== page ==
Working on a painting in his studio at home. Hirakawa claims that each new day still brings fresh challenges. (Photos by Naruaki Onishi)
Toshio Hirakawa Born in 1924 in Kozakai-cho, Hoi-gun, Aichi Prefecture. Was fond of drawing from an early age, making ink paintings on paper sliding doors at home. At age 16 became an apprentice of a Kyoto-based kimono design artisan, from whom he learned by basics of nihonga. Had a work selected for a national art competition for the first time in 1950. Has since been an innovator in Japanese-style paintings and is one of the leading nihonga artists today.
Toshio Hirakawa: It was in 1960, when I was 36 years old, that I began painting trees. A year earlier, a large typhoon devastated parts of the Chubu region, and chunks of the shore along the Atsumi Peninsula were eaten away. I went to the peninsula with the intention of sketching the exposed rocks, but I was struck by what I saw before I reached the beach. A grove of trees in a shrine were completely stripped of their bark, and they stood exposed to the sea breeze like bleached skeletons. I thought this would make a good subject for a painting and approached the grove. As I got close I was startled to see new buds growing from what appeared to be lifeless branches. These trees were alive! I was overwhelmed by the incredible vitality of nature. From then on trees became a principal subject of my paintings, and I visited many virgin forests and renowned ancient trees around the country.
Interviewer: You also traveled to Europe about a year later. What
impression did this visit make on you?
Hirakawa: It was short stay of about a month, but this, too, was an
eye-opening experience. I originally intended to make a leisurely tour of
Europe, painting landscapes as I went along. I was riveted, though, by what
I saw in the tiny villages I passed through, and realized I couldn't afford
to dawdle. This feeling grew more intense with each Romanesque church I
These churches weren't built by local men of wealth and power. They were crystallizations of a faith firmly rooted in each community. I realized then the importance of one's ties to a particular locality. I vowed to take a renewed look at where I was born and raised and create paintings that were based on my personal ties with the land. I have thus remained outside of Tokyo and have made the beautiful natural surroundings of the Mikawa district (eastern Aichi) my home. This is the land where my ancestors have lived for over 600 years, and this is where I have based my efforts to rediscover and reevaluate my country. Interviewer: You soon gained critical acclaim both domestically and overseas as a master painter of trees. But from around 1971, you also began painting pagodas. Why was this?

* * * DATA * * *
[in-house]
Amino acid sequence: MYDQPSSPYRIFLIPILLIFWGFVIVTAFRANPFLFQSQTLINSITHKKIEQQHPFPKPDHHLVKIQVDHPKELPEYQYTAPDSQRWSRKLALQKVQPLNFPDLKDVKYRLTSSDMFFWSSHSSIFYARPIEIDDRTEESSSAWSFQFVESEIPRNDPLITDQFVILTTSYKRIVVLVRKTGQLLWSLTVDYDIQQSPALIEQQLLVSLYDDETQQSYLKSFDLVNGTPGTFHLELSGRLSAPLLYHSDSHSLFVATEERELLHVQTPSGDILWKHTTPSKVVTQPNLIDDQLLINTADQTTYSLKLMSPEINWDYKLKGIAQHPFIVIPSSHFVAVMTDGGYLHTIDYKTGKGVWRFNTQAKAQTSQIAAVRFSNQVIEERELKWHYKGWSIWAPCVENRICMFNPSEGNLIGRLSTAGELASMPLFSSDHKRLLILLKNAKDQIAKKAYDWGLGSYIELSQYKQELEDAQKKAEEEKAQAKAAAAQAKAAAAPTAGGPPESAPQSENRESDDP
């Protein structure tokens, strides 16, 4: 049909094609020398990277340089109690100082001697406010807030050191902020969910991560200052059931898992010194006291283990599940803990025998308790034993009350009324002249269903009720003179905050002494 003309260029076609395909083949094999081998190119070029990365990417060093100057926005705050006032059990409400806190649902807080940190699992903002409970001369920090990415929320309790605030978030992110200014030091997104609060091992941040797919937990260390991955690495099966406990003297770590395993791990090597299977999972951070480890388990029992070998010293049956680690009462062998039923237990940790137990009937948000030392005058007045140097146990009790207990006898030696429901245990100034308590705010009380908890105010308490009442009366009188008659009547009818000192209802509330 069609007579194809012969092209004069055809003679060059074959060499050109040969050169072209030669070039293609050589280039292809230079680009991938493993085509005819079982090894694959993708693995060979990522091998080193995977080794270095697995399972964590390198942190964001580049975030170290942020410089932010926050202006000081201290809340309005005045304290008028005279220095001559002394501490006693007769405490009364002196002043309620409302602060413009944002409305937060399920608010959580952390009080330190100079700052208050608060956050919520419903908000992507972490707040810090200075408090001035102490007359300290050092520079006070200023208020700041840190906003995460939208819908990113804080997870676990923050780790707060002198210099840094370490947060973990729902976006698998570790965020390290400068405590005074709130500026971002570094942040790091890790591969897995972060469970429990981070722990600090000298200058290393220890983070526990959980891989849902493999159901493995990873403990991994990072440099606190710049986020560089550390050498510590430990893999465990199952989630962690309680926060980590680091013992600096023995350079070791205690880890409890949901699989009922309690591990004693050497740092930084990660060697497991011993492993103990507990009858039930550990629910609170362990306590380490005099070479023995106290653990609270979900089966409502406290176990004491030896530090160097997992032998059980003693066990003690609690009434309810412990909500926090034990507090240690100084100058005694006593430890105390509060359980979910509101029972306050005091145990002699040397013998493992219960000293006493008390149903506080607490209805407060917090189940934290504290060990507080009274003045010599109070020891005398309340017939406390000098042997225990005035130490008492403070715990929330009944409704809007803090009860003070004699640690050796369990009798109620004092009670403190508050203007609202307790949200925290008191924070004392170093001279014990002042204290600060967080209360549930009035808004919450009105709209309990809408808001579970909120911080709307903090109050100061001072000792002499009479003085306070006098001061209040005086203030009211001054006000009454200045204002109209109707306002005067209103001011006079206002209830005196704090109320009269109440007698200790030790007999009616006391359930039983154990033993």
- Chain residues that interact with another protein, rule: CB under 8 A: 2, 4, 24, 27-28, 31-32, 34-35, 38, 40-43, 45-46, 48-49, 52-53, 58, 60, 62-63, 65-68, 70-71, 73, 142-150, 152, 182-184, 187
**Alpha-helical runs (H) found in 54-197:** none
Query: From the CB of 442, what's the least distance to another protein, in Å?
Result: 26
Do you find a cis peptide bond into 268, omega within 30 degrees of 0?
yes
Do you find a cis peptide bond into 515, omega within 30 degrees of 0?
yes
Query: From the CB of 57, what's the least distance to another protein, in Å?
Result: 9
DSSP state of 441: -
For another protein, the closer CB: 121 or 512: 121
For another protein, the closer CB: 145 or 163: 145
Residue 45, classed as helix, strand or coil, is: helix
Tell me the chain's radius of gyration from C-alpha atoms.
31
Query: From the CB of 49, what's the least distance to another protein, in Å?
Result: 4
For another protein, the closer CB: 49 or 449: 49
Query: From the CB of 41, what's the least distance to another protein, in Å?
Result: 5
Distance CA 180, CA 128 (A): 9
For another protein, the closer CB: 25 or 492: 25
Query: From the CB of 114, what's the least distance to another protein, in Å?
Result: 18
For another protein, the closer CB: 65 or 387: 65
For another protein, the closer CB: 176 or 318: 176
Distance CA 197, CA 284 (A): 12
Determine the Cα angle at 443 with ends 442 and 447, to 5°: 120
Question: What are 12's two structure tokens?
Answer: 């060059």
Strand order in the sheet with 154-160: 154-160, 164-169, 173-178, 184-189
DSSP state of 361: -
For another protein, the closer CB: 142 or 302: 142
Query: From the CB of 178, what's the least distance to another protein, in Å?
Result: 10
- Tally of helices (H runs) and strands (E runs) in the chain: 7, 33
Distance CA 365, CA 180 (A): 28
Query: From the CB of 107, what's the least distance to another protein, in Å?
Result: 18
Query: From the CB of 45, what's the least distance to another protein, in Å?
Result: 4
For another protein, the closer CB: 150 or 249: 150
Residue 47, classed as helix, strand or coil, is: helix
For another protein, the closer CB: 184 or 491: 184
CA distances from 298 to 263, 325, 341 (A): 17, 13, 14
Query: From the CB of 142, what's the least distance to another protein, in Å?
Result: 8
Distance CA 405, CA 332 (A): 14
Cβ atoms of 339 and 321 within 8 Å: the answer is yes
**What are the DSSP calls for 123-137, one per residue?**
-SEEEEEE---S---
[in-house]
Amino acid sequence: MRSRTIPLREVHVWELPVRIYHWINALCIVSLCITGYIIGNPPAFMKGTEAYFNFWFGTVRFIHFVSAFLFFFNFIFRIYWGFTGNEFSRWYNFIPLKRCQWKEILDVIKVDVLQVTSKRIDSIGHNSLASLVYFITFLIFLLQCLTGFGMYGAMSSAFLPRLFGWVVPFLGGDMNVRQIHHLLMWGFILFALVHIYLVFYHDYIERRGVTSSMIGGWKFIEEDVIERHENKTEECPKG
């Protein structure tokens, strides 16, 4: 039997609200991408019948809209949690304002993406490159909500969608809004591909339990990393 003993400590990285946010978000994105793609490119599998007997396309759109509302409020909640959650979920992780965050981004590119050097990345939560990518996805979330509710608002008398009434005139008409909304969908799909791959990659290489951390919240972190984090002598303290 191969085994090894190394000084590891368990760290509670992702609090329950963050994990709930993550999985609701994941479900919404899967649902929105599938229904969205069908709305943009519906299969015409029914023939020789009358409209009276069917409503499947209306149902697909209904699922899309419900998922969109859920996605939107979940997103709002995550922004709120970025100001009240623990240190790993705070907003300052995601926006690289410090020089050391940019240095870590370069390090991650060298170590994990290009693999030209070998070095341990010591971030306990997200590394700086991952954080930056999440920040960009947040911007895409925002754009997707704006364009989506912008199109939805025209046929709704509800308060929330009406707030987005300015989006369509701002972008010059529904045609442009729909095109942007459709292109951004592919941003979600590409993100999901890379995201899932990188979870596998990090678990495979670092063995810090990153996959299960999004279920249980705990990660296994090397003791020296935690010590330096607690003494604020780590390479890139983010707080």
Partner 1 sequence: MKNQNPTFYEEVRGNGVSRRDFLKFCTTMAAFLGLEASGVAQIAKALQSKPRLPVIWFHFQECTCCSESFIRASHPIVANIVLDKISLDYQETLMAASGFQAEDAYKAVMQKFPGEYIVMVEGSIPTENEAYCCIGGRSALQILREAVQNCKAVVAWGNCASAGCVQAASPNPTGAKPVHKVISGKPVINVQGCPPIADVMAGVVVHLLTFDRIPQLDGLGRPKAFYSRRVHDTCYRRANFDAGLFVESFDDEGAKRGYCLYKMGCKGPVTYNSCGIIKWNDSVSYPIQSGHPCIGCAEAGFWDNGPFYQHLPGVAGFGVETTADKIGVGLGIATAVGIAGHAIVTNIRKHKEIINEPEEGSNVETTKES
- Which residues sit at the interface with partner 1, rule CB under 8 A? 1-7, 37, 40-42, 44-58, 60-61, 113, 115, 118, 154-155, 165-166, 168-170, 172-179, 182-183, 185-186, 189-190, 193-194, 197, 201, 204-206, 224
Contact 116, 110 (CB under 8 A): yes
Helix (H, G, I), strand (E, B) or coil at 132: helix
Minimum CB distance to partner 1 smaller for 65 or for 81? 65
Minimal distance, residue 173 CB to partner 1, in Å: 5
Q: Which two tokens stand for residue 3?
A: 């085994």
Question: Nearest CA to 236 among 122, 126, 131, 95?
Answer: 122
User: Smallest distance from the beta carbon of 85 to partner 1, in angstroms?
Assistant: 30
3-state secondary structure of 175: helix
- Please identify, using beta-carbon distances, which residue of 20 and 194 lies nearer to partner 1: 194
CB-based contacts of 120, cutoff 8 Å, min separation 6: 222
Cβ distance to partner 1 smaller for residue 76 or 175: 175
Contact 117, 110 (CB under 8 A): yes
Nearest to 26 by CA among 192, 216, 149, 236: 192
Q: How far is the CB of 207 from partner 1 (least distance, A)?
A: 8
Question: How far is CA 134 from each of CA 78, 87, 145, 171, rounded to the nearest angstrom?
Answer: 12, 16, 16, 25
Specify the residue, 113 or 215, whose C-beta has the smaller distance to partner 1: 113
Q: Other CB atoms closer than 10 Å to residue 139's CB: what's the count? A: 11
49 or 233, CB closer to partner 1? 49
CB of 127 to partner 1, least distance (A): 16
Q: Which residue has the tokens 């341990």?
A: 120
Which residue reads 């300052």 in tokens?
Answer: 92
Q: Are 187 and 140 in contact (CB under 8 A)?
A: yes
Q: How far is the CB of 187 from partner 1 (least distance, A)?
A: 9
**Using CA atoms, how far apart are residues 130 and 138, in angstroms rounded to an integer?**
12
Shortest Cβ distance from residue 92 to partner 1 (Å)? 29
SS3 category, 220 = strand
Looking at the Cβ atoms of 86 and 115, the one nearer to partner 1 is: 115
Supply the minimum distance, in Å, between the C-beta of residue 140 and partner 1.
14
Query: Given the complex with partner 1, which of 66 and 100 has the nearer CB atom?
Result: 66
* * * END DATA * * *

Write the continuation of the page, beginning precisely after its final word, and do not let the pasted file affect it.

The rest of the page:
Hirakawa: A tree that has lived for a thousand years has a thousand years' worth of stories to tell. One day a temple carpenter told me that the trees used as pillars in pagodas do not die; they keep on living. A pagoda, he said, was the incarnation of a giant tree. And the notion struck me; a pagoda itself was a sacred tree. Since this awakening, I've been occupied with expressing the dialogue between trees and human beings. Interviewer: About 10 years later, you come to another major turning point in your career, when you started making ink paintings. What prompted you to discard color?
Hirakawa: The pigments for nihonga became very sophisticated, and it became possible to produce highly realistic hues. In fact, the colors in nihonga came to resemble those in Western oil paintings. But I chose to resist this trend and go for less, rather than more, color. Before I went completely monochrome I made a conscious choice to use vermillion and verdigris, which are used in ancient Chinese paintings. From there I began relying less and less on color until I finally reached the "ultimate" destination. Interviewer: Your ink paintings, though, have a completely different feel to them from traditional paintings with ink.
Hirakawa: That may have to do with my heavy reliance on a technique called shironuki that calls for leaving large areas of the canvas white. My ink paintings are really more about white space than about ink. The white I'm seeking is a powerful, naked, unpainted white. Interviewer: Many of your earlier paintings, like those of burning trees, are dynamic and passionate. Your recent landscapes rendered with ink, however, are quiet and meditative.
Hirakawa: I don't think I've reached the end of the road just yet. It's been over 10 years since I began drawing with ink, but it's still a process of trial and error. I don't want to get stuck in any one phase. To move ahead, to make progress, I'm still struggling with my paintings every day.